Starting Electronics Needs Your Help!
It is that time of the year when we need to pay for web hosting and buy new components and equipment for new tutorials. You can help by making a donation. Contribute to this website by clicking the Donate button. The total will be updated once daily. (You may need to clear your browser cache to see the updates.)
Target Amount: $2000
Amount Raised: $1960
Top Donor: C.C. $100
Created on: 14 November 2017
Pinout for the Geekcreit active buzzer module from the Geekcreit 37 in 1 sensor module board set kit for Arduino.
Below is an image showing the pinout of the active buzzer module. The middle pin is not connected. The left pin connects to the negative (-) pin of the buzzer and the right pin connects to the positive (+) pin of the buzzer.
Typically the negative pin will be connected to an Arduino GND pin. The middle N.C. pin is left unconnected. To make the buzzer sound, power it with +5V on the positive (+) pin and connect the negative pin (-) to GND or the power supply.
The buzzer module is active because it has internal electronics to generate a sound or tone. Only the volume of the buzzer can be changed by changing the supplied voltage. The pitch of the tone is generated by the internal electronics, so can't be changed.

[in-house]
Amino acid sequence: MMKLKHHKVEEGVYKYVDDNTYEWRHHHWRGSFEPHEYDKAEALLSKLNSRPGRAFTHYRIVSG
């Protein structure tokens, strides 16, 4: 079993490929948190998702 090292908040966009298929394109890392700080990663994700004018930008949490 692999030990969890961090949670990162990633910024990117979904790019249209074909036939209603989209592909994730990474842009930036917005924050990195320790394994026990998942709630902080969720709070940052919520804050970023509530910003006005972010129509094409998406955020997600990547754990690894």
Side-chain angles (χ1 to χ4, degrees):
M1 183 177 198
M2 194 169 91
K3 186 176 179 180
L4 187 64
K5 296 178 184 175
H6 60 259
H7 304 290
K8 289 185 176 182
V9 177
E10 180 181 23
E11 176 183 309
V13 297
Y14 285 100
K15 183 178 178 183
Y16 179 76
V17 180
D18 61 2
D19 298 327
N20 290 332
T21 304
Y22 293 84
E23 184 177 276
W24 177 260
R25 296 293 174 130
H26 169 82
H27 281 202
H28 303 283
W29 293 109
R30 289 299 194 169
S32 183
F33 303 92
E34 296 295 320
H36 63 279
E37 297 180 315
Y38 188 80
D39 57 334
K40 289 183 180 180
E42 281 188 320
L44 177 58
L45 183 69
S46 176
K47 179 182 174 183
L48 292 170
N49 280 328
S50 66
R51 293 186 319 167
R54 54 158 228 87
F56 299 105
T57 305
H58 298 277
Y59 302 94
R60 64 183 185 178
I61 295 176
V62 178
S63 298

A sticker is left on the front of the buzzer in the kit, as shown below, presumably so that it can be easily distinguished from the passive buzzer. The sticker can be removed so that it does not block any of the sound from the buzzer.
The buzzer was found to draw around 25mA from a 5V power supply.
Because the buzzer draws more current than the maximum of 20mA specified per Arduino pin, it is not a good idea to power it directly from an Arduino pin. It is better to use a transistor to power the buzzer. Alternatively the current drawn from the pin can be reduced by driving the buzzer using PWM.
The tutorial on the Geekcreit active buzzer module shows basic usage and testing of the module with Arduino.